Nick Copeland, managing partner with Above Ground Risk Solutions, struck a chord when he described social licence as the "privilege to operate", a theme multiple speakers picked up and ran with in subsequent presentations.
"We're looking to get all the different departments on the team from operations and procurement, social responsibility, security and risk, working together to maintain the social licence to operate," he said.
"This social licence to operate is actually the privilege to operate and it is reissued every single day and so needs constant monitoring."
Copeland said the information was there to predict and mitigate social risks if monitored diligently but most companies to this point had taken a simplistic approach to managing stakeholder expectations.
"Crucial information is perhaps not being taken seriously enough," he said.
"An individual that makes a complaint today could be a group in a week, a townhall meeting in a month and a blockade immediately after.
"You can track how government interference may be increasing; an unexpected HSE audit, fines shortly after, or maybe a change in union leadership - all this is great information. And there's a wealth of great information in the projects themselves, particularly around community and social responsibility with grievance systems.
"There's also big data analytics and social media monitoring so I think we need to get a little bit further along the road with using these."
Copeland said even when risks were identified and monitored correctly, it was not always properly communicated within internal departments.
Green means attracting talent and retention
Director of programs with stakeholder engagement consultant Ulula, Vera Belazelkoska, said technology had opened the door to more sustainable practices in mining.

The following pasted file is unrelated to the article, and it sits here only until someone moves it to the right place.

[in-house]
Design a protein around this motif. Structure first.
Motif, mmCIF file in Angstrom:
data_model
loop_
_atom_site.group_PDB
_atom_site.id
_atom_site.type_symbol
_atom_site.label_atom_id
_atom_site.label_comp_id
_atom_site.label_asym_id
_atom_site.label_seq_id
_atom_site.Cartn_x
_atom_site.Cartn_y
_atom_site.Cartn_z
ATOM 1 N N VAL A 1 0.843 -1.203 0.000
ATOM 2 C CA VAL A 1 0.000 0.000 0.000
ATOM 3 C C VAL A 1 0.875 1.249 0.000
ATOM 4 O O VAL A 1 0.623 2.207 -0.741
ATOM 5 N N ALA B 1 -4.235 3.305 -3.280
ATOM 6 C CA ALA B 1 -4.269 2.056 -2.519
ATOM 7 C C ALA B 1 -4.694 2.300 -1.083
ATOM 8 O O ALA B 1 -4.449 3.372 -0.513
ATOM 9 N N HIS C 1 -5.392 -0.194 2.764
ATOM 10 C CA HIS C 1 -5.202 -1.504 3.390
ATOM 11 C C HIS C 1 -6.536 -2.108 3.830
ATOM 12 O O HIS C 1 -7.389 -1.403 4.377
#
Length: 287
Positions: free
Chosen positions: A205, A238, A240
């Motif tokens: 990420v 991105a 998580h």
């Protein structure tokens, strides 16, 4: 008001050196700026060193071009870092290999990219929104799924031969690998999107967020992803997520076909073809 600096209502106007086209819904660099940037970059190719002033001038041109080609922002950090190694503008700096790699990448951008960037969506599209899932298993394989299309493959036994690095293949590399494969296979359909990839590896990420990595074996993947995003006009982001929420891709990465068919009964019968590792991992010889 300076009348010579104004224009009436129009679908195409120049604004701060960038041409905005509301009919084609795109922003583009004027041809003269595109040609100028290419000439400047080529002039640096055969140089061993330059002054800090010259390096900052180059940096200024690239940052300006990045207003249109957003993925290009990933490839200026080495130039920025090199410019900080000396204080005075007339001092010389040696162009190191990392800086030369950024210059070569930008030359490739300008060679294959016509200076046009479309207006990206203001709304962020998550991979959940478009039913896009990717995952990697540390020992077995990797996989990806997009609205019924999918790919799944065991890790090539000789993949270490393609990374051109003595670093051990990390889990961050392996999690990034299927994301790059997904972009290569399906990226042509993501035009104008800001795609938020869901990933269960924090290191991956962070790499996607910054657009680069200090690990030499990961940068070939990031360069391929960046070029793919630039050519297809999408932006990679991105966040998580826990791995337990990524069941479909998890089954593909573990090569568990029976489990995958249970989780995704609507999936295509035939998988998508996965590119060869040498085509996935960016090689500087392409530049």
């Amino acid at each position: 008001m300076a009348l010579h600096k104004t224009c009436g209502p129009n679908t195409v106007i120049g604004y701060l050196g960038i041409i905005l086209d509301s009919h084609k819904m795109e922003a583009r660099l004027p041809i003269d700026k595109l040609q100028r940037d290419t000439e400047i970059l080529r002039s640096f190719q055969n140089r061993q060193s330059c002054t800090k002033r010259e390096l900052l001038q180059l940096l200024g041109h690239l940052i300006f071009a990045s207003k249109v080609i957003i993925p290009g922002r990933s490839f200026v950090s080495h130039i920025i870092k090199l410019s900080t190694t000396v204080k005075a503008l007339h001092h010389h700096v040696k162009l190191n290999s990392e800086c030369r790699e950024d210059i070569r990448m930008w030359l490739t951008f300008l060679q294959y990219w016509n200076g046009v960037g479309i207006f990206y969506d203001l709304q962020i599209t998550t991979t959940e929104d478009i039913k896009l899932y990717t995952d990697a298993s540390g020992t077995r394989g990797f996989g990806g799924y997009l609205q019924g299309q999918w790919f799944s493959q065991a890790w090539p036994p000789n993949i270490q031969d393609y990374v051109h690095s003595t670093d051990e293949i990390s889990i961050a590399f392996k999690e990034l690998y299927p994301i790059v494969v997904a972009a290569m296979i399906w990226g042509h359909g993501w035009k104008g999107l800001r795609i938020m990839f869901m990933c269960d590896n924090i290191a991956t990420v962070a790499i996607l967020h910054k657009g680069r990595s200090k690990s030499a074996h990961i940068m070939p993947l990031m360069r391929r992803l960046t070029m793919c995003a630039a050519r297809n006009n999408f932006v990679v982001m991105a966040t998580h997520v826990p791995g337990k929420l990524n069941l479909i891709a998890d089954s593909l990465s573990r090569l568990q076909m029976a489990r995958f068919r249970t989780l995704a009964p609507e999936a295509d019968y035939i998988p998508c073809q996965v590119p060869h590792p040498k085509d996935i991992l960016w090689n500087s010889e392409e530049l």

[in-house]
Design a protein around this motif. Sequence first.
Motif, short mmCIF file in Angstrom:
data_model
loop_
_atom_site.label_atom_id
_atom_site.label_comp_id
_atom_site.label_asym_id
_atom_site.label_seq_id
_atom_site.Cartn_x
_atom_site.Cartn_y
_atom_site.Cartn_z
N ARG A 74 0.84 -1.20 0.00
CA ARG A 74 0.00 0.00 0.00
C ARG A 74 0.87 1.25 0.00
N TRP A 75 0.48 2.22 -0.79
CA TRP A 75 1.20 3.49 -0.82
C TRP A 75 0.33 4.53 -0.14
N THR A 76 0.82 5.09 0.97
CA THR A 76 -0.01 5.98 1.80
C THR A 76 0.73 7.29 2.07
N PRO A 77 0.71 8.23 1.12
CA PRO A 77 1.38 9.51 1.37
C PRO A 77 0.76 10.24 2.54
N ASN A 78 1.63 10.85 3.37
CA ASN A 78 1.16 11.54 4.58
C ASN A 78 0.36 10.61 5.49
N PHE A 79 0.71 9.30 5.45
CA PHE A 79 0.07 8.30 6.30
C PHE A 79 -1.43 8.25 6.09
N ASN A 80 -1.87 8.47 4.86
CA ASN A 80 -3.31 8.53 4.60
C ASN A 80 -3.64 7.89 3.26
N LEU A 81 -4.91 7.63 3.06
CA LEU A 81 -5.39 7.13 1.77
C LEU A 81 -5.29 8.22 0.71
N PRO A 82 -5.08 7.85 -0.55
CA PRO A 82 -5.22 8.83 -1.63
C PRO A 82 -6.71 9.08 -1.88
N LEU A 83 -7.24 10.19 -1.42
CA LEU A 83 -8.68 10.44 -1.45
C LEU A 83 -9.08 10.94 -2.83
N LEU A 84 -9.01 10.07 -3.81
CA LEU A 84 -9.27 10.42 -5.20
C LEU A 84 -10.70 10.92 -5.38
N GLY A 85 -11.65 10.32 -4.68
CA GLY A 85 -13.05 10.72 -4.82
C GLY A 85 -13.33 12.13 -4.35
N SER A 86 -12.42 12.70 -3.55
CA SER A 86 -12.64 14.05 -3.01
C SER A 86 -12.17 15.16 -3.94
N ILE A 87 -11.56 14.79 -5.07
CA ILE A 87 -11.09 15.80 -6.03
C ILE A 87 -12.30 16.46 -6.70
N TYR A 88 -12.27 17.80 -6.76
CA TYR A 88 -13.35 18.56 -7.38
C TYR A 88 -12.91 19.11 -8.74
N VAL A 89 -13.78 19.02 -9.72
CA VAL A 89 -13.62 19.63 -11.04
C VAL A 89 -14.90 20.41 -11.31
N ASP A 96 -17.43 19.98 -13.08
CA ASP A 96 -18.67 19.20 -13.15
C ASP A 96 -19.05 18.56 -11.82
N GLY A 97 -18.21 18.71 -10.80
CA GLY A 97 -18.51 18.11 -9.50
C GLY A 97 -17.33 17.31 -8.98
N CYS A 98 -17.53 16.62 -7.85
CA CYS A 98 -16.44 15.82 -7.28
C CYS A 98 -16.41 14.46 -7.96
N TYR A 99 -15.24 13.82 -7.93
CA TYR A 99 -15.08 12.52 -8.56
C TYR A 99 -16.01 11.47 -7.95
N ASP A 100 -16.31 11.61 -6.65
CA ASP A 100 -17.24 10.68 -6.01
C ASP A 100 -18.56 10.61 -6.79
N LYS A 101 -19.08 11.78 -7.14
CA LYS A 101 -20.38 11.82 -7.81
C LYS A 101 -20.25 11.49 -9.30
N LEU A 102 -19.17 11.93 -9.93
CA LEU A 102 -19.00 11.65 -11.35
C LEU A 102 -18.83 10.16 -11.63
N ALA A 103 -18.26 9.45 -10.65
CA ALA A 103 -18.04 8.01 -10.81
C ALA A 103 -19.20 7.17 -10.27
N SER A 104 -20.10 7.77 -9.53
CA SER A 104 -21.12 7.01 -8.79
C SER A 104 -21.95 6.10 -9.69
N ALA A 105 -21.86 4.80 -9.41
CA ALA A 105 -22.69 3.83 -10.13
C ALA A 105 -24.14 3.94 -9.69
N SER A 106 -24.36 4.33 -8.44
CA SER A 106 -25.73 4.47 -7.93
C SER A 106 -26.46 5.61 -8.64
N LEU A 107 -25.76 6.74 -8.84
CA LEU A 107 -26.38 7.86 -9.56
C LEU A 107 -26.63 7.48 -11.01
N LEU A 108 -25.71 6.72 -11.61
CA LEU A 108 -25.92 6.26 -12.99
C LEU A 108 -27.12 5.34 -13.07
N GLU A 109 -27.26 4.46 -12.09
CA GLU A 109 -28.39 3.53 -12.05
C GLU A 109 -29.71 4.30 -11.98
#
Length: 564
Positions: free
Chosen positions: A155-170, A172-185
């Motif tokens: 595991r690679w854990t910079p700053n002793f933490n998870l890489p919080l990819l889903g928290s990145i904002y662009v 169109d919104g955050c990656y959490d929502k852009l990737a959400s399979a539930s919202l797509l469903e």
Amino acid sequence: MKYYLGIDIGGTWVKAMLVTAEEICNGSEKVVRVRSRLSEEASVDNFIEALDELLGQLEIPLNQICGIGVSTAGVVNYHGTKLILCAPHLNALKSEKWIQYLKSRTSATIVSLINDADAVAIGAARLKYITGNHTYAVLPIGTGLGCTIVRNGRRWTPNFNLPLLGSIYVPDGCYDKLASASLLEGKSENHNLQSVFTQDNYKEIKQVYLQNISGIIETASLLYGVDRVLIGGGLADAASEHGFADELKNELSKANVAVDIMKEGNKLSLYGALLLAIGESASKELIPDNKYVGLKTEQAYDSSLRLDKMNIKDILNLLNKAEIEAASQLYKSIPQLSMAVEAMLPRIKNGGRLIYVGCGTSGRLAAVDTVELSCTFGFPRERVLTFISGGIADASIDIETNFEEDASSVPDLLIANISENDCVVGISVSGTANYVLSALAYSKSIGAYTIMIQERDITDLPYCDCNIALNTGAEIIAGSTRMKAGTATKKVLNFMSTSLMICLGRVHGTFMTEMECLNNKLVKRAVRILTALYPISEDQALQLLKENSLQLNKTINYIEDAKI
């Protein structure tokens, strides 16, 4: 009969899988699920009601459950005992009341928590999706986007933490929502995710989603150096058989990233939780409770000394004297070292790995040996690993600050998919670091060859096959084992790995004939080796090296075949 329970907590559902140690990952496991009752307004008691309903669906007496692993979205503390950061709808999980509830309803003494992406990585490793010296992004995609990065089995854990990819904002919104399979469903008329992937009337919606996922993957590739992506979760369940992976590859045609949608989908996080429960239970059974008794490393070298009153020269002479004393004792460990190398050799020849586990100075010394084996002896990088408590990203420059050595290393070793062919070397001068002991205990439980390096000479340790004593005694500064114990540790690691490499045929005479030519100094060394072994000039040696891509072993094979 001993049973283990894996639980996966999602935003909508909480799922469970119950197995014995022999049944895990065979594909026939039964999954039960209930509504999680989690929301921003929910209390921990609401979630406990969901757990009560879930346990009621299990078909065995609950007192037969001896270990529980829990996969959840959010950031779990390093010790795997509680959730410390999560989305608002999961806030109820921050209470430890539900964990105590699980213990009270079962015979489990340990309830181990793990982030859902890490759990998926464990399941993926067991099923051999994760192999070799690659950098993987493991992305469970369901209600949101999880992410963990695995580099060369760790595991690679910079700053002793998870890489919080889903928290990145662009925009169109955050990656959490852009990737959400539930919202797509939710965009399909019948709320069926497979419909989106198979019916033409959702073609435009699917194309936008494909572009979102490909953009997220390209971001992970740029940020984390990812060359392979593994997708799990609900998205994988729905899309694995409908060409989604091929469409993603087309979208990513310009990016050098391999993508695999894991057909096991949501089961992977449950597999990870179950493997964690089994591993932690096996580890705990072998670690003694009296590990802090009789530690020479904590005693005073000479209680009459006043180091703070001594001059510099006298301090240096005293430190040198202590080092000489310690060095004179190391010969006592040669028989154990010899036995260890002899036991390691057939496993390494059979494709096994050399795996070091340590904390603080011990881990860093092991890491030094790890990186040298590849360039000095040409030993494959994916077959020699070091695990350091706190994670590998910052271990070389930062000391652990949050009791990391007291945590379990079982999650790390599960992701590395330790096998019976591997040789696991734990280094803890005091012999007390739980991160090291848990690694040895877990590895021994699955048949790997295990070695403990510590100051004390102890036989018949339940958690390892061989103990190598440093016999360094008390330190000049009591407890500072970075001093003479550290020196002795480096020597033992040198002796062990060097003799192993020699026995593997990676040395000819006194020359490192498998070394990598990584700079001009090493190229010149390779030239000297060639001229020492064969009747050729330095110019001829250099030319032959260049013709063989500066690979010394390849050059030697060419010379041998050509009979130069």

"Responsible business practices are good for relationships and good for the reputation of the company and can keep the company in good standing with all its stakeholders," she said. "And I like the word ‘privilege' - it is a privilege for a company to work within a community and that relationship needs to be managed and grown."
Belazelkoska's stated aim had been to better use technology to engage stakeholders to bring down the cost of compliance. Digital tools, she said, facilitated engagement of communities and internal workforces, encouraged two-way dialogue, and improved the efficiency of monitoring.
Key tools at the fingertips of company risk and sustainability officers included automated surveys, which monitored working conditions and community perception in real time. Mass broadcasting tools were also handy to increase the knowledge, capacity and awareness of workers and community around the company operations and objectives. Meanwhile, an anonymous and continuous ‘chat' portal was also an avenue to increased feedback from communities.
"These are, of course, only as effective as the operation and business executing but they provide the opportunity for companies to engage with stakeholders, who might not normally engage in person with a community relations office and would rather remain anonymous," Belazelkoska said.